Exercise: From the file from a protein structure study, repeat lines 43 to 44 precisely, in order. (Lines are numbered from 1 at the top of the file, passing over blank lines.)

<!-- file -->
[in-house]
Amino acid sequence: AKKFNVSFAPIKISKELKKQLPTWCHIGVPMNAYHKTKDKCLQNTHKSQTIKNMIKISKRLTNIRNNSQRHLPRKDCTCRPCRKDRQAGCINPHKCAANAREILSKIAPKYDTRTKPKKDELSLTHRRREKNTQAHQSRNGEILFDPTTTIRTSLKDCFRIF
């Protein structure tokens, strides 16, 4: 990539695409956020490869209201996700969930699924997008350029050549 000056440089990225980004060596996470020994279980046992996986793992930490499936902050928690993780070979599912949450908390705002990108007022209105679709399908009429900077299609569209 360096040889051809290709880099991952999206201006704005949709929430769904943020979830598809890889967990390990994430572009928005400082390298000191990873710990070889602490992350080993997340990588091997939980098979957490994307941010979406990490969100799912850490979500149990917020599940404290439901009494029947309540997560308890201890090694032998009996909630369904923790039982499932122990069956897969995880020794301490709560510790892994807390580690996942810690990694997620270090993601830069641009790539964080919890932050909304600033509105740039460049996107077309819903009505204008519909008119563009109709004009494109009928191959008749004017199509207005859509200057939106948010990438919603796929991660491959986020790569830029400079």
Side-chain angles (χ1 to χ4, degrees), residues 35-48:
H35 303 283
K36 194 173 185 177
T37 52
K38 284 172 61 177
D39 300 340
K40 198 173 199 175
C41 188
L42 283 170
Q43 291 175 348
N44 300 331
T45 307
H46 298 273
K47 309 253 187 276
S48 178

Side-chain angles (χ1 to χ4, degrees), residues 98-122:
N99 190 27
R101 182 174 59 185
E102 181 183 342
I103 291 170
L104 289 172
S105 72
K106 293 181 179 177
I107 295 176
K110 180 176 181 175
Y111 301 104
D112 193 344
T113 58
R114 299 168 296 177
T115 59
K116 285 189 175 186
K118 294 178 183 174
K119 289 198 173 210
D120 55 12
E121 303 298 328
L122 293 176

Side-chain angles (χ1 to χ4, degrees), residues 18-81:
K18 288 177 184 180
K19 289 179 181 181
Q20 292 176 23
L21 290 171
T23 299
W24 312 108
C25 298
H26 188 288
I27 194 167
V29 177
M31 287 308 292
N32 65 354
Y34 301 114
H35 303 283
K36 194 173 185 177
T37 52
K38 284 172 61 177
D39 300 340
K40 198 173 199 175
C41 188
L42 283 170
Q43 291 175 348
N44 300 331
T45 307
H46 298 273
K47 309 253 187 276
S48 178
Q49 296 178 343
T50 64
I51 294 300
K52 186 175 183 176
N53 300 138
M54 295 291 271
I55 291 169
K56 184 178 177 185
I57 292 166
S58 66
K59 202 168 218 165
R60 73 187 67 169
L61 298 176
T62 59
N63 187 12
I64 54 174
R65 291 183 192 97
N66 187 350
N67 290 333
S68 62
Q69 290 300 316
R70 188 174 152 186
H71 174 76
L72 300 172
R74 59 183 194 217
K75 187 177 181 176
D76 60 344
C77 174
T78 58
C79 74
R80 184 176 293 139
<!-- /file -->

Q20 292 176 23
L21 290 171